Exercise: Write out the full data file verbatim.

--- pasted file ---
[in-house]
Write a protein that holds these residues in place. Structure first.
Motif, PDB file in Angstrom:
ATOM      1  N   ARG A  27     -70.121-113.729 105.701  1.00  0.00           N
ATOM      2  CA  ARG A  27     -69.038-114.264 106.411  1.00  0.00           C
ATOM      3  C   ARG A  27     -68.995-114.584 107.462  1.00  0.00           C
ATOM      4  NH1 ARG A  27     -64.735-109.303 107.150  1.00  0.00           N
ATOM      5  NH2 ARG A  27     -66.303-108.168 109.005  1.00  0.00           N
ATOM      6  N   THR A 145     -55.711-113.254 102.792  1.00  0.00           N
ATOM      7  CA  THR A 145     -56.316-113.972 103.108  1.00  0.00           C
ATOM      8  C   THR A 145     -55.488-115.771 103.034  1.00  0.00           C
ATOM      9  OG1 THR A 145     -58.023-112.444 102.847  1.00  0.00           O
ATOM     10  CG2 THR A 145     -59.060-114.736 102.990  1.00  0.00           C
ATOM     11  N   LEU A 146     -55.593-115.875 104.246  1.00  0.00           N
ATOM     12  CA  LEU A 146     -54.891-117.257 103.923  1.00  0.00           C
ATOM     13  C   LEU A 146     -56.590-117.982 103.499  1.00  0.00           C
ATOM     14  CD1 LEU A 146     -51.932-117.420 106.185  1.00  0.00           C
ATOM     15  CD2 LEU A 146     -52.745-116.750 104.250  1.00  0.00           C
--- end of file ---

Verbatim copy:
[in-house]
Write a protein that holds these residues in place. Structure first.
Motif, PDB file in Angstrom:
ATOM      1  N   ARG A  27     -70.121-113.729 105.701  1.00  0.00           N
ATOM      2  CA  ARG A  27     -69.038-114.264 106.411  1.00  0.00           C
ATOM      3  C   ARG A  27     -68.995-114.584 107.462  1.00  0.00           C
ATOM      4  NH1 ARG A  27     -64.735-109.303 107.150  1.00  0.00           N
ATOM      5  NH2 ARG A  27     -66.303-108.168 109.005  1.00  0.00           N
ATOM      6  N   THR A 145     -55.711-113.254 102.792  1.00  0.00           N
ATOM      7  CA  THR A 145     -56.316-113.972 103.108  1.00  0.00           C
ATOM      8  C   THR A 145     -55.488-115.771 103.034  1.00  0.00           C
ATOM      9  OG1 THR A 145     -58.023-112.444 102.847  1.00  0.00           O
ATOM     10  CG2 THR A 145     -59.060-114.736 102.990  1.00  0.00           C
ATOM     11  N   LEU A 146     -55.593-115.875 104.246  1.00  0.00           N
ATOM     12  CA  LEU A 146     -54.891-117.257 103.923  1.00  0.00           C
ATOM     13  C   LEU A 146     -56.590-117.982 103.499  1.00  0.00           C
ATOM     14  CD1 LEU A 146     -51.932-117.420 106.185  1.00  0.00           C
ATOM     15  CD2 LEU A 146     -52.745-116.750 104.250  1.00  0.00           C